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Title: Plasmodium genes responsible for oocyst development and interaction with its Anopheline vector
Author: Bushell, Ellen S. C.
ISNI:       0000 0004 2682 1480
Awarding Body: Imperial College London
Current Institution: Imperial College London
Date of Award: 2010
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The transmission of the malaria parasite Plasmodium is governed by a complex developmental cycle. This PhD thesis describes the transcriptional profiling of the rodent malaria parasite Plasmodium berghei developmental migration through its A. gambiae vector. The study was conducted in vivo, using a near complete P. berghei genome microarray platform. Emphasis was placed on the oocyst stage, as little is known about the genes implicated in the ookinete to oocyst transition, and oocyst maturation. The data presented here provide novel transcriptional information about Plasmodium transmission. The analysis revealed a large shift in gene utilisation as the parasite makes its transition from the motile ookinete to the sessile oocyst. Furthermore, this work has shown that different sets of co-regulated genes are important for early and late oocyst development. In addition, this PhD thesis outlines the characterisation of a novel Plasmodium formin-like protein essential for rodent malaria transmission named the male inherited sporulation factor important for transmission (misfit). MISFIT is expressed in the early mosquito stages, where the protein localises to the parasite nucleus. Misfit exhibits an absolute requirement for paternal inheritance, which is in accordance with an observed male-biased expression pattern. pbmisfitΔ ookinetes display significant ultrastructural and gene expression defects and fail to complete zygotic meiosis. However, pbmisfitΔ ookinetes retain functionality and can successfully cross the midgut epithelial barrier. In contrast, mosquito infections with pbmisfitΔ resulted in an arrest immediately upon ookinete-oocyst transformation, where defective oocysts fail to sporulate. An essential role in chromosome segregation during mitosis / meiosis is postulated for MISFIT. In conclusion, the work presented in this thesis has established the ookinete-oocyst transition as a major cell cycle check point during malaria transmission and identified misfit as the first male inherited Plasmodium gene known to affect development post-fertilisation.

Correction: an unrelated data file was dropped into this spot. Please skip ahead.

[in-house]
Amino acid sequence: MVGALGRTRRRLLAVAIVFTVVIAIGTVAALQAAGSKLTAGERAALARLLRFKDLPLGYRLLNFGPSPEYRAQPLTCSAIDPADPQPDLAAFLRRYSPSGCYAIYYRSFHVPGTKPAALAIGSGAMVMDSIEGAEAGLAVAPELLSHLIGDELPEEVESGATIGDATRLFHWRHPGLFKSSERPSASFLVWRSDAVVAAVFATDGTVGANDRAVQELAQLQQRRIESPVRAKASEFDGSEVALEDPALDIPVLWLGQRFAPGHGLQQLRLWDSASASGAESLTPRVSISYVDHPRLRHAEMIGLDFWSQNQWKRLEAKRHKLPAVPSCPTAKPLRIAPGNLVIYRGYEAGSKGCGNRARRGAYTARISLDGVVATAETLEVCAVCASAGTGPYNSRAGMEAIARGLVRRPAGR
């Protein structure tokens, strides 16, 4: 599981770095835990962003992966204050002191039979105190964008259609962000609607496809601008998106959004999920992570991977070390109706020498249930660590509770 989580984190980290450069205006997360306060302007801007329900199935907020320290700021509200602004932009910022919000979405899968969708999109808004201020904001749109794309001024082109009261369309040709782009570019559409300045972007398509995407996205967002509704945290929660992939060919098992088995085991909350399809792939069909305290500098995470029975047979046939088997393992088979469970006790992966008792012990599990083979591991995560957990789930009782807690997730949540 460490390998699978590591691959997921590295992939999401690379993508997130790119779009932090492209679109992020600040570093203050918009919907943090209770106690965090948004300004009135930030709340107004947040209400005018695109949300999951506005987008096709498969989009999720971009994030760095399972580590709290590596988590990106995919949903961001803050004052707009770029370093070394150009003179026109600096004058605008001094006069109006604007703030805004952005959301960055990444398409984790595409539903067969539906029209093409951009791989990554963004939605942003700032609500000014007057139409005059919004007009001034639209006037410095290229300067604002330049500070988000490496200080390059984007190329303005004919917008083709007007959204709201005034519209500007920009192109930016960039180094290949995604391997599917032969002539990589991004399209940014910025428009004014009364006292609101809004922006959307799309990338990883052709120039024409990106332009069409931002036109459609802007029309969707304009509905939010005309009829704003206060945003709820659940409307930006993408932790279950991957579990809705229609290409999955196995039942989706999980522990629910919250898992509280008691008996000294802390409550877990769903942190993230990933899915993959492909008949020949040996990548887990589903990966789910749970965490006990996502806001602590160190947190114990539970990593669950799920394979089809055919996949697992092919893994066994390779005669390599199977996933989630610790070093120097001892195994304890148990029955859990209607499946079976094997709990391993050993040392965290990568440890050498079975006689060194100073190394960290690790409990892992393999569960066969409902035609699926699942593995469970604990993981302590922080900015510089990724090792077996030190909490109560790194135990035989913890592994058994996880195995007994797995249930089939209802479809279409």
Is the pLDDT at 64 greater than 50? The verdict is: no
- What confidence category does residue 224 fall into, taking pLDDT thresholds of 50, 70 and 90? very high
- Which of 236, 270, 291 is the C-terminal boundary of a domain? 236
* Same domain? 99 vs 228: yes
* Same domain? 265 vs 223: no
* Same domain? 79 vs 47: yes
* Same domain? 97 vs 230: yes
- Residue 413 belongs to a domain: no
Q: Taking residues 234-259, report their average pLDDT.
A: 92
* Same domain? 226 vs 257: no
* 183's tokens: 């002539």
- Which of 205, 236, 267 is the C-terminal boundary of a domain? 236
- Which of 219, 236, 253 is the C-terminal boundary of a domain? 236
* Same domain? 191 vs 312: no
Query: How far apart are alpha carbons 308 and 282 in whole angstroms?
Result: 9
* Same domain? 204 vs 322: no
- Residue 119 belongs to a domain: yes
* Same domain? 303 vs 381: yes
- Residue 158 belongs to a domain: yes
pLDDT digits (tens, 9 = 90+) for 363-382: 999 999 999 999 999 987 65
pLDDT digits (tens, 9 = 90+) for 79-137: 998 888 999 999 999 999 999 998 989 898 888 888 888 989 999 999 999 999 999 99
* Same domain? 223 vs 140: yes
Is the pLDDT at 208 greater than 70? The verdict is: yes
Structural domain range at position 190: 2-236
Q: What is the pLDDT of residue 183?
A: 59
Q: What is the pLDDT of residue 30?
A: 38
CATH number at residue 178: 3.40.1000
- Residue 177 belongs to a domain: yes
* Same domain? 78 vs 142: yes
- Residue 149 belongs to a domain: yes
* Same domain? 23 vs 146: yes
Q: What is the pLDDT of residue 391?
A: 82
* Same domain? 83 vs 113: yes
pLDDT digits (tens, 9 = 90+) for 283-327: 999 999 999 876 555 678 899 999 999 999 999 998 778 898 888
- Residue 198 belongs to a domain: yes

Supervisor: Christophides, George ; Kafatos, Fotis ; Vlachou, Dina Sponsor: Not available
Qualification Name: Thesis (Ph.D.) Qualification Level: Doctoral